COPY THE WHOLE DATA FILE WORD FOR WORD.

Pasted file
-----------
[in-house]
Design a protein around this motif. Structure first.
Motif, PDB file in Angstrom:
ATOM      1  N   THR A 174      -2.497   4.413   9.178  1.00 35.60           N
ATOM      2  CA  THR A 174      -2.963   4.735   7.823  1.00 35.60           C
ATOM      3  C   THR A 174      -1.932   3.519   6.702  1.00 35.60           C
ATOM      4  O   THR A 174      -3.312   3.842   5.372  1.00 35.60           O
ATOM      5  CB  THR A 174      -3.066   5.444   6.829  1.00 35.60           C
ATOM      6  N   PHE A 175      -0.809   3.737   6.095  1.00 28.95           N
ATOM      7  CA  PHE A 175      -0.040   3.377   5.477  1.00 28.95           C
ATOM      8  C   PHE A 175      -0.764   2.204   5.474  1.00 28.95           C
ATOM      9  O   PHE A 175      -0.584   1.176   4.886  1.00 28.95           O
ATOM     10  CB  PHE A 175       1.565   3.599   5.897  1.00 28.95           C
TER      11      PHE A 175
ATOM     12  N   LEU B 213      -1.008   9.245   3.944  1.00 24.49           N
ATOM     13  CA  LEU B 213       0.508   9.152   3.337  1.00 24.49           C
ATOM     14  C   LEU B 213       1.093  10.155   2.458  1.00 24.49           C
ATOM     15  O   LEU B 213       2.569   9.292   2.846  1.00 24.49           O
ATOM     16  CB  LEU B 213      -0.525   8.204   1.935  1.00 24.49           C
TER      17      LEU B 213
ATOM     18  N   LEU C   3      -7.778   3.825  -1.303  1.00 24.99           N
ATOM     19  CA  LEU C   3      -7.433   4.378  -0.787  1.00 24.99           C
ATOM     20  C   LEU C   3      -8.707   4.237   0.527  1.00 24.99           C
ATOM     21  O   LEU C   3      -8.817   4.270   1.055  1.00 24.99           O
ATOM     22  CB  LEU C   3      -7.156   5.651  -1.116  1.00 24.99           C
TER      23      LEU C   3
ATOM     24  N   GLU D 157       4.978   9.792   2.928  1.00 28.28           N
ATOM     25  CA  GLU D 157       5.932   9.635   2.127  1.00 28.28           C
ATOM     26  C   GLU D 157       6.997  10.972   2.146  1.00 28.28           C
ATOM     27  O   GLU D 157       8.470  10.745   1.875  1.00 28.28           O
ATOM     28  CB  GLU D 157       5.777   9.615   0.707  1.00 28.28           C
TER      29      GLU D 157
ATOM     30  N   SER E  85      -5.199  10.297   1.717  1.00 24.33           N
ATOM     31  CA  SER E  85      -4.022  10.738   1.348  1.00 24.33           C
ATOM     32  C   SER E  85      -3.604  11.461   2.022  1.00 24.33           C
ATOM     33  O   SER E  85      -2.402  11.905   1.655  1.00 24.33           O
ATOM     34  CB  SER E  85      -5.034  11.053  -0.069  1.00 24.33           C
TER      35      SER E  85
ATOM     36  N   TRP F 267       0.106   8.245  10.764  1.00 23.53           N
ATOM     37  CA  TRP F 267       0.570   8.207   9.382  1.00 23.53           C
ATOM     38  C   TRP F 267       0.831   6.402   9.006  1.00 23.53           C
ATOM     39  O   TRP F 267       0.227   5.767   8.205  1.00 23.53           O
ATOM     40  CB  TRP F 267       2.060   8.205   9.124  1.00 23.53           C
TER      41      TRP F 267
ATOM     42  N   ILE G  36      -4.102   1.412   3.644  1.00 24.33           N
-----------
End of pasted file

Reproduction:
[in-house]
Design a protein around this motif. Structure first.
Motif, PDB file in Angstrom:
ATOM      1  N   THR A 174      -2.497   4.413   9.178  1.00 35.60           N
ATOM      2  CA  THR A 174      -2.963   4.735   7.823  1.00 35.60           C
ATOM      3  C   THR A 174      -1.932   3.519   6.702  1.00 35.60           C
ATOM      4  O   THR A 174      -3.312   3.842   5.372  1.00 35.60           O
ATOM      5  CB  THR A 174      -3.066   5.444   6.829  1.00 35.60           C
ATOM      6  N   PHE A 175      -0.809   3.737   6.095  1.00 28.95           N
ATOM      7  CA  PHE A 175      -0.040   3.377   5.477  1.00 28.95           C
ATOM      8  C   PHE A 175      -0.764   2.204   5.474  1.00 28.95           C
ATOM      9  O   PHE A 175      -0.584   1.176   4.886  1.00 28.95           O
ATOM     10  CB  PHE A 175       1.565   3.599   5.897  1.00 28.95           C
TER      11      PHE A 175
ATOM     12  N   LEU B 213      -1.008   9.245   3.944  1.00 24.49           N
ATOM     13  CA  LEU B 213       0.508   9.152   3.337  1.00 24.49           C
ATOM     14  C   LEU B 213       1.093  10.155   2.458  1.00 24.49           C
ATOM     15  O   LEU B 213       2.569   9.292   2.846  1.00 24.49           O
ATOM     16  CB  LEU B 213      -0.525   8.204   1.935  1.00 24.49           C
TER      17      LEU B 213
ATOM     18  N   LEU C   3      -7.778   3.825  -1.303  1.00 24.99           N
ATOM     19  CA  LEU C   3      -7.433   4.378  -0.787  1.00 24.99           C
ATOM     20  C   LEU C   3      -8.707   4.237   0.527  1.00 24.99           C
ATOM     21  O   LEU C   3      -8.817   4.270   1.055  1.00 24.99           O
ATOM     22  CB  LEU C   3      -7.156   5.651  -1.116  1.00 24.99           C
TER      23      LEU C   3
ATOM     24  N   GLU D 157       4.978   9.792   2.928  1.00 28.28           N
ATOM     25  CA  GLU D 157       5.932   9.635   2.127  1.00 28.28           C
ATOM     26  C   GLU D 157       6.997  10.972   2.146  1.00 28.28           C
ATOM     27  O   GLU D 157       8.470  10.745   1.875  1.00 28.28           O
ATOM     28  CB  GLU D 157       5.777   9.615   0.707  1.00 28.28           C
TER      29      GLU D 157
ATOM     30  N   SER E  85      -5.199  10.297   1.717  1.00 24.33           N
ATOM     31  CA  SER E  85      -4.022  10.738   1.348  1.00 24.33           C
ATOM     32  C   SER E  85      -3.604  11.461   2.022  1.00 24.33           C
ATOM     33  O   SER E  85      -2.402  11.905   1.655  1.00 24.33           O
ATOM     34  CB  SER E  85      -5.034  11.053  -0.069  1.00 24.33           C
TER      35      SER E  85
ATOM     36  N   TRP F 267       0.106   8.245  10.764  1.00 23.53           N
ATOM     37  CA  TRP F 267       0.570   8.207   9.382  1.00 23.53           C
ATOM     38  C   TRP F 267       0.831   6.402   9.006  1.00 23.53           C
ATOM     39  O   TRP F 267       0.227   5.767   8.205  1.00 23.53           O
ATOM     40  CB  TRP F 267       2.060   8.205   9.124  1.00 23.53           C
TER      41      TRP F 267
ATOM     42  N   ILE G  36      -4.102   1.412   3.644  1.00 24.33           N